But also the inter-cooperative support. You know, corporate bond funds, like Shared Capital are trying to put out there that they're also trying to step into the support role. Whatever, credit unions are doing to support their members with, you know, emergency loans, that sort of stuff. And still just showing up with whatever technical assistance they might have or if they have questions about how do they apply for those programs, trying to be a resource for them for that. And we've also been meeting a lot of our core peers for that. Like NCBA, for example, has done some really great webinars, informing me as hopefully someone who can help others too about those programs, and having the backup of Kate Latour, who does advocacy work with NCBA. Also US Federation of Worker Co-ops has been -- they were willing to share their data set about who all's applied for these programs, and what are their statuses? And it's really interesting to see a kind of a big picture view of how the worker co-ops are trying to utilize those programs. It seems like they are, but they're not actually hearing very much so far back, it seems, about really getting the loans and stop-gapping for their situations.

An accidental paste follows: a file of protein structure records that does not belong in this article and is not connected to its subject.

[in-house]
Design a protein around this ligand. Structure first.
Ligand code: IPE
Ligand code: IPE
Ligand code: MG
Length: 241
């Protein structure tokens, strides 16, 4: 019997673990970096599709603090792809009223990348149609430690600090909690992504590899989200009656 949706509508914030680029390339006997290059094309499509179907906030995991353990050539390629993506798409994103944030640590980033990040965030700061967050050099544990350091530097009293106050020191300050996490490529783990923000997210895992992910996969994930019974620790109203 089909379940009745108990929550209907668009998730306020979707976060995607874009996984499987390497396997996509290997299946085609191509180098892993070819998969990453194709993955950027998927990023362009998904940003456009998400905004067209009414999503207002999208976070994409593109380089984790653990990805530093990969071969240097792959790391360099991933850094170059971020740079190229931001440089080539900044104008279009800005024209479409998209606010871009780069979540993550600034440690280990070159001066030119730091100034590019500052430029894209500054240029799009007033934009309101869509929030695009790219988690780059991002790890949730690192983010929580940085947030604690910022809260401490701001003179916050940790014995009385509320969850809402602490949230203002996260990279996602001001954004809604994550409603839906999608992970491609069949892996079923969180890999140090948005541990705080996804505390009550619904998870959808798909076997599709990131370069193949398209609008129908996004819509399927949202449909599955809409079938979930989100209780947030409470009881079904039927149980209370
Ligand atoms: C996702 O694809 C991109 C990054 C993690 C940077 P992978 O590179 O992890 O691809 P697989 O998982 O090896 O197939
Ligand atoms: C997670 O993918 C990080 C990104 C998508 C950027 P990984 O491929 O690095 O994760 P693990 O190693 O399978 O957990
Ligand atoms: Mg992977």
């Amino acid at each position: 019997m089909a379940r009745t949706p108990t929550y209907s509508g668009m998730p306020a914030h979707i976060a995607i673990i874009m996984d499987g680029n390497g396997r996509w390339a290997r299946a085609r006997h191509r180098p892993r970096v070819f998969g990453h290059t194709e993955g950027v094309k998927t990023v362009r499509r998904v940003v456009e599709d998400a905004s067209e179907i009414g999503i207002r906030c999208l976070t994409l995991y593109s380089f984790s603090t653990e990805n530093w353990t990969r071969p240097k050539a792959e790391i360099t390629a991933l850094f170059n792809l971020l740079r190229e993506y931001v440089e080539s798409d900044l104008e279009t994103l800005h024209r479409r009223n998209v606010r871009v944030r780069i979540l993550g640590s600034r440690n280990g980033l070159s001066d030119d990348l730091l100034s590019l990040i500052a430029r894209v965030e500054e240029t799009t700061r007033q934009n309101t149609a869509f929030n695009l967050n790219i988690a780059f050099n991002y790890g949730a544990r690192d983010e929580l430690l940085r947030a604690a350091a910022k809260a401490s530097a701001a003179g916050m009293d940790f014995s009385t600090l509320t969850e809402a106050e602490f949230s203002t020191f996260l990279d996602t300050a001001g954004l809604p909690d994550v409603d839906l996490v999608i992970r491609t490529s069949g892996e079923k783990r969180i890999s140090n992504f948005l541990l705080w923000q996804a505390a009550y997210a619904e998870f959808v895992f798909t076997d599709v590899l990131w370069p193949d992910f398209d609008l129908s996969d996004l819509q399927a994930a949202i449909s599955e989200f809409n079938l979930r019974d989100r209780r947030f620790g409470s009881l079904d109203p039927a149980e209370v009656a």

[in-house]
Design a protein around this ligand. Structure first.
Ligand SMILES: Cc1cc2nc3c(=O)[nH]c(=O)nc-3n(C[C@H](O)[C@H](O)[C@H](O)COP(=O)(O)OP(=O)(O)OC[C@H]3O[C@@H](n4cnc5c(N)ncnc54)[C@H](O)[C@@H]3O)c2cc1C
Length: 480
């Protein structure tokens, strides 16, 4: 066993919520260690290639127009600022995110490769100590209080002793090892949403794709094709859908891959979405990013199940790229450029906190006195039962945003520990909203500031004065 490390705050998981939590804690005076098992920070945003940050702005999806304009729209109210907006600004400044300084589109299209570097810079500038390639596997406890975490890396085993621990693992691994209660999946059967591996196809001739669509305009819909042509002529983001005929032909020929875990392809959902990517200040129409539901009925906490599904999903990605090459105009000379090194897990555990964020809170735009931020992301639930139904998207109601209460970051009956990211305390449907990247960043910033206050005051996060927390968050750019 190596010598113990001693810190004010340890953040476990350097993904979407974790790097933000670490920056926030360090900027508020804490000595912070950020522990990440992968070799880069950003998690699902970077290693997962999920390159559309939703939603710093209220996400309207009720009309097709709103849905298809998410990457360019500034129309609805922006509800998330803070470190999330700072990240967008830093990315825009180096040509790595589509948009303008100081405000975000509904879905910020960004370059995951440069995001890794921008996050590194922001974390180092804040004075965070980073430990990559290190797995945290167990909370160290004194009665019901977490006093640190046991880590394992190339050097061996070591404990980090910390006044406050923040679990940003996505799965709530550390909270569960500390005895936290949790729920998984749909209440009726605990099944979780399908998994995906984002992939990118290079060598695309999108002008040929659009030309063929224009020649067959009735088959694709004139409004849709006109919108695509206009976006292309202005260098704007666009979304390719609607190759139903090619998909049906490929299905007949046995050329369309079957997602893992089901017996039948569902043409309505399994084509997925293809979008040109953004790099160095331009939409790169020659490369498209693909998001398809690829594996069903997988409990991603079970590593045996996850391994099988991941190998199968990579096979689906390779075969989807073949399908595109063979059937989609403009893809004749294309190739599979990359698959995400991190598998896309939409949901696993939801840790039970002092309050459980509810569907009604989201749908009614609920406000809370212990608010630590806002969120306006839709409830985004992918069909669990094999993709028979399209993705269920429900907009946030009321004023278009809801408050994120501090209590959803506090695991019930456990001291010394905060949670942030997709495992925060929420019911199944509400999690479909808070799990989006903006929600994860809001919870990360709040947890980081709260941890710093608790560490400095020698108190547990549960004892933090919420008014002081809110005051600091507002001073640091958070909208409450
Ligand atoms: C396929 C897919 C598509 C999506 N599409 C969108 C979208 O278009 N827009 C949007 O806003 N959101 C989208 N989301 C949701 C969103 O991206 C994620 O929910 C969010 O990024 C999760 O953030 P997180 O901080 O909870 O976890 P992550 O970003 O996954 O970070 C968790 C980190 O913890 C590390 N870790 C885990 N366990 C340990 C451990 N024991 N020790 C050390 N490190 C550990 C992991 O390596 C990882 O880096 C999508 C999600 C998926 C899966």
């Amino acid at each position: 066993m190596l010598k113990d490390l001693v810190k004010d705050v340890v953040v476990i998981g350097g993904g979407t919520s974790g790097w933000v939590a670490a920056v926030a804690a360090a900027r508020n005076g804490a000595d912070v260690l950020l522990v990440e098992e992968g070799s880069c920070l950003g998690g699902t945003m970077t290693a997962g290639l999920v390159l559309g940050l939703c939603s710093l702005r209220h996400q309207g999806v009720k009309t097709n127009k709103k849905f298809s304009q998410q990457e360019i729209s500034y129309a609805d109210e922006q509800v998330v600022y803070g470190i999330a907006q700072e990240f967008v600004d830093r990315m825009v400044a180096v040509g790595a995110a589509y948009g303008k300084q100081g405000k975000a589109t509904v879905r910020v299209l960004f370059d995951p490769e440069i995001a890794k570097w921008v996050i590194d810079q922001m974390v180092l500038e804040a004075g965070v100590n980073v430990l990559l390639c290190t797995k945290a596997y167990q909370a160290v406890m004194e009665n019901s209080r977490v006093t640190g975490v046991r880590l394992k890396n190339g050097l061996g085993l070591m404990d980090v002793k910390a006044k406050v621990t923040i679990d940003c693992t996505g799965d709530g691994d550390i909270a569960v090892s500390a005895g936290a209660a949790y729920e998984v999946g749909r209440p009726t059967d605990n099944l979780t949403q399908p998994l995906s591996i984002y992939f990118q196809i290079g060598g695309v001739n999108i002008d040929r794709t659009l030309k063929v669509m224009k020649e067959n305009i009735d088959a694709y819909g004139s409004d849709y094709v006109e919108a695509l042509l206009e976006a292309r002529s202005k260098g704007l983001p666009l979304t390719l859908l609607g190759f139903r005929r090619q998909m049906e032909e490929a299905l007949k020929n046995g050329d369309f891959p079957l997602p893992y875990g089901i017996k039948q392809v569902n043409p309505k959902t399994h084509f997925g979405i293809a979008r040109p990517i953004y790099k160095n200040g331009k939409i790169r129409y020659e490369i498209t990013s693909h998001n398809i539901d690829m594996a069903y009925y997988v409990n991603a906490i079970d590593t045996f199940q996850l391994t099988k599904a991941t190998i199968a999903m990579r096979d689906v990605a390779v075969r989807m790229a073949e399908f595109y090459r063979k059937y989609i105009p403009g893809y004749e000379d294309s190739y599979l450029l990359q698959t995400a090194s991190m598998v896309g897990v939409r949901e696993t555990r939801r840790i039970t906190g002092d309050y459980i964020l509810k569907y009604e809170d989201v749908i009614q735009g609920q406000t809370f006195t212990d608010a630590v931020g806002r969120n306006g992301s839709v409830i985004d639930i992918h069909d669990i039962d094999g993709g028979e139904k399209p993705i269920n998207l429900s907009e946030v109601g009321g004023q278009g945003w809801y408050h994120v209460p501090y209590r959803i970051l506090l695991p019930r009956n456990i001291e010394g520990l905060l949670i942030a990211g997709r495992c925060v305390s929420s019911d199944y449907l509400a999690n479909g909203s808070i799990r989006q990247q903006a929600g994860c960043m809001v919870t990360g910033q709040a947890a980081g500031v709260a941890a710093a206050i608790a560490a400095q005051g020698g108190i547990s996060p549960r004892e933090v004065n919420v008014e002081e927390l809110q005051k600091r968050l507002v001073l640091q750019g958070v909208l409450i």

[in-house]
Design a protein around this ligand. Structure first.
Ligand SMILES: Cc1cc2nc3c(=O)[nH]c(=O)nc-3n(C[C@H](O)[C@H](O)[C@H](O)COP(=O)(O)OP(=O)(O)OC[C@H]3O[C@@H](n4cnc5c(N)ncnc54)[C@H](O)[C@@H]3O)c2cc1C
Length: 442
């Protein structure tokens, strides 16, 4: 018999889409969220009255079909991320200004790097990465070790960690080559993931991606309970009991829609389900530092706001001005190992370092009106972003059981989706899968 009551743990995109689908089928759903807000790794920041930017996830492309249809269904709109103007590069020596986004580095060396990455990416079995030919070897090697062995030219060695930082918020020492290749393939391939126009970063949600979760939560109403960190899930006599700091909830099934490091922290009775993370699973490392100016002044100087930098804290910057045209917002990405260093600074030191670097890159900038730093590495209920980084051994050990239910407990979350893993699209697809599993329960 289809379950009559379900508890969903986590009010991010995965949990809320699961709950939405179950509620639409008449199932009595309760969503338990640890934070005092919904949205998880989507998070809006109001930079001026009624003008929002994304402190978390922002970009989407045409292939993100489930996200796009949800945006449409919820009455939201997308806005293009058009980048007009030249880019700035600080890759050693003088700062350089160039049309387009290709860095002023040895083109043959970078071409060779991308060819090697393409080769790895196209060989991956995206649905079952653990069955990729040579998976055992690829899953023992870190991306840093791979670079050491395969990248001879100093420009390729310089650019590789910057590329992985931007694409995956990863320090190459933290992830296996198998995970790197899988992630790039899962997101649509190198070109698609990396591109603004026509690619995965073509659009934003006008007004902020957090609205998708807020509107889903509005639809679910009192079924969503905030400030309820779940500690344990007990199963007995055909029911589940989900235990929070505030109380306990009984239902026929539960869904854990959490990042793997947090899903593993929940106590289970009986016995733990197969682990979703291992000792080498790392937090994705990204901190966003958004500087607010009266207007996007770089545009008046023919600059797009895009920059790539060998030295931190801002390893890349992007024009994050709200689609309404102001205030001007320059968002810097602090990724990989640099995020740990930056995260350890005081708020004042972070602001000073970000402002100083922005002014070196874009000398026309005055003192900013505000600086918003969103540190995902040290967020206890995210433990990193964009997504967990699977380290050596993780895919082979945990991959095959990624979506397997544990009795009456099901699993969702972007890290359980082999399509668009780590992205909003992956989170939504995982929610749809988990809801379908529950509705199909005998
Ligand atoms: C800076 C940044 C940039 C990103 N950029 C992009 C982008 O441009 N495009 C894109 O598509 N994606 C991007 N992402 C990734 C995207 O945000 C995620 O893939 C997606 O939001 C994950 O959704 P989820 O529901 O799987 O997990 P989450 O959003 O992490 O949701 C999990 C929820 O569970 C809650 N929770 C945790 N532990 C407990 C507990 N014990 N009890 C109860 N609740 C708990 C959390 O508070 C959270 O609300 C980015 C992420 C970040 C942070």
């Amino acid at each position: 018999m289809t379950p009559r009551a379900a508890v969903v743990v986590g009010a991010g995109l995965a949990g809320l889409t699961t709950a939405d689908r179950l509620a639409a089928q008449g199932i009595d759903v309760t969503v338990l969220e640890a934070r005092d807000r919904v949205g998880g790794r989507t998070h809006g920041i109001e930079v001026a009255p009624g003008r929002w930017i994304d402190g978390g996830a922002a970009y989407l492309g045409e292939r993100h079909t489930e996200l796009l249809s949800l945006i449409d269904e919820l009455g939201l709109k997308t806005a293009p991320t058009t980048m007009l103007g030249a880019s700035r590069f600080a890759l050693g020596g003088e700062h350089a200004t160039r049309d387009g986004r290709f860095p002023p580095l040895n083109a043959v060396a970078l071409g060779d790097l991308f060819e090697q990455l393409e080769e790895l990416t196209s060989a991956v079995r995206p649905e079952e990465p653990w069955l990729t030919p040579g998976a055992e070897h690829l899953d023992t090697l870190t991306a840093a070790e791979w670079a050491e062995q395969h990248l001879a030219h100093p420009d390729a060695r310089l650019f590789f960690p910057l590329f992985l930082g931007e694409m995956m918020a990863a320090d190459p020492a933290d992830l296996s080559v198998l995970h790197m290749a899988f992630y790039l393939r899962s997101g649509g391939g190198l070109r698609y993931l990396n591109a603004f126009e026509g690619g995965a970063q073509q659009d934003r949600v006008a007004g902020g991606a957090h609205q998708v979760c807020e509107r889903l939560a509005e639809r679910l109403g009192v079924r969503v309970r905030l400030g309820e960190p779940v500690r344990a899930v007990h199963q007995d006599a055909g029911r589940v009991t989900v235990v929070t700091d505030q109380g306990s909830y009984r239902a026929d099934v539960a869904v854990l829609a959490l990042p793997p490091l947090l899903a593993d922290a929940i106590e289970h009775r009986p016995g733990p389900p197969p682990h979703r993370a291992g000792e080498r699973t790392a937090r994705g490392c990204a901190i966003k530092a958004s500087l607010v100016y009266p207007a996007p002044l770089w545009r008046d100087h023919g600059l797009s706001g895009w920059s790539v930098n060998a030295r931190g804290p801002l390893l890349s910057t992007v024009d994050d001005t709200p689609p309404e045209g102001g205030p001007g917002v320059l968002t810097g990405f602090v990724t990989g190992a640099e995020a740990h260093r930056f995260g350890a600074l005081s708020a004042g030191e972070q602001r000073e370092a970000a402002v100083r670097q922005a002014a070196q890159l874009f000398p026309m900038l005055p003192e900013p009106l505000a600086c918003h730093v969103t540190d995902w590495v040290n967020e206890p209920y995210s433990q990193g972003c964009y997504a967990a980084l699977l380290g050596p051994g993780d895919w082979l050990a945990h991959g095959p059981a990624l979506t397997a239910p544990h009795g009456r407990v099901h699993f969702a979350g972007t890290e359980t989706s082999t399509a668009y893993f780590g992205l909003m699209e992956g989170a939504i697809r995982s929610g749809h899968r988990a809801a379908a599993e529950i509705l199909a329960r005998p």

SE: Well, it sounds like you guys are getting a lot of really important coordination work, so thank you. All right, so my next question: have you seen anything inspiring as it relates to cooperation and the solidarity economy during these times?